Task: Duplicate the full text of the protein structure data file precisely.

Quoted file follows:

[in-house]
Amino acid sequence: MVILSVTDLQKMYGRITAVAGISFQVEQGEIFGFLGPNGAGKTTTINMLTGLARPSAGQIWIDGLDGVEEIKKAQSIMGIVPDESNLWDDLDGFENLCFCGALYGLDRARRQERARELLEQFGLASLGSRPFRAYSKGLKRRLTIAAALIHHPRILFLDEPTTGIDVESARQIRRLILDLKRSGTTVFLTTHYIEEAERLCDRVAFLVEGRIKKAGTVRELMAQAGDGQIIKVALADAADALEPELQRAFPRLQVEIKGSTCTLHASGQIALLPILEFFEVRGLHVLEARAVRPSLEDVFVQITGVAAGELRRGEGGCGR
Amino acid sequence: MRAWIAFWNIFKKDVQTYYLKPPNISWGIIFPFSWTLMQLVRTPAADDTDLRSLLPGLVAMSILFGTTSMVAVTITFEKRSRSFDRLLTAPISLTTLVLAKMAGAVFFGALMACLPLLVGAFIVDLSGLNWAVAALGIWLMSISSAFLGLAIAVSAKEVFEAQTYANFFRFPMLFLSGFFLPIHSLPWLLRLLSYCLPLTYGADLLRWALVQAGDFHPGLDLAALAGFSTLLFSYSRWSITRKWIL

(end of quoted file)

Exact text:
[in-house]
Amino acid sequence: MVILSVTDLQKMYGRITAVAGISFQVEQGEIFGFLGPNGAGKTTTINMLTGLARPSAGQIWIDGLDGVEEIKKAQSIMGIVPDESNLWDDLDGFENLCFCGALYGLDRARRQERARELLEQFGLASLGSRPFRAYSKGLKRRLTIAAALIHHPRILFLDEPTTGIDVESARQIRRLILDLKRSGTTVFLTTHYIEEAERLCDRVAFLVEGRIKKAGTVRELMAQAGDGQIIKVALADAADALEPELQRAFPRLQVEIKGSTCTLHASGQIALLPILEFFEVRGLHVLEARAVRPSLEDVFVQITGVAAGELRRGEGGCGR
Amino acid sequence: MRAWIAFWNIFKKDVQTYYLKPPNISWGIIFPFSWTLMQLVRTPAADDTDLRSLLPGLVAMSILFGTTSMVAVTITFEKRSRSFDRLLTAPISLTTLVLAKMAGAVFFGALMACLPLLVGAFIVDLSGLNWAVAALGIWLMSISSAFLGLAIAVSAKEVFEAQTYANFFRFPMLFLSGFFLPIHSLPWLLRLLSYCLPLTYGADLLRWALVQAGDFHPGLDLAALAGFSTLLFSYSRWSITRKWIL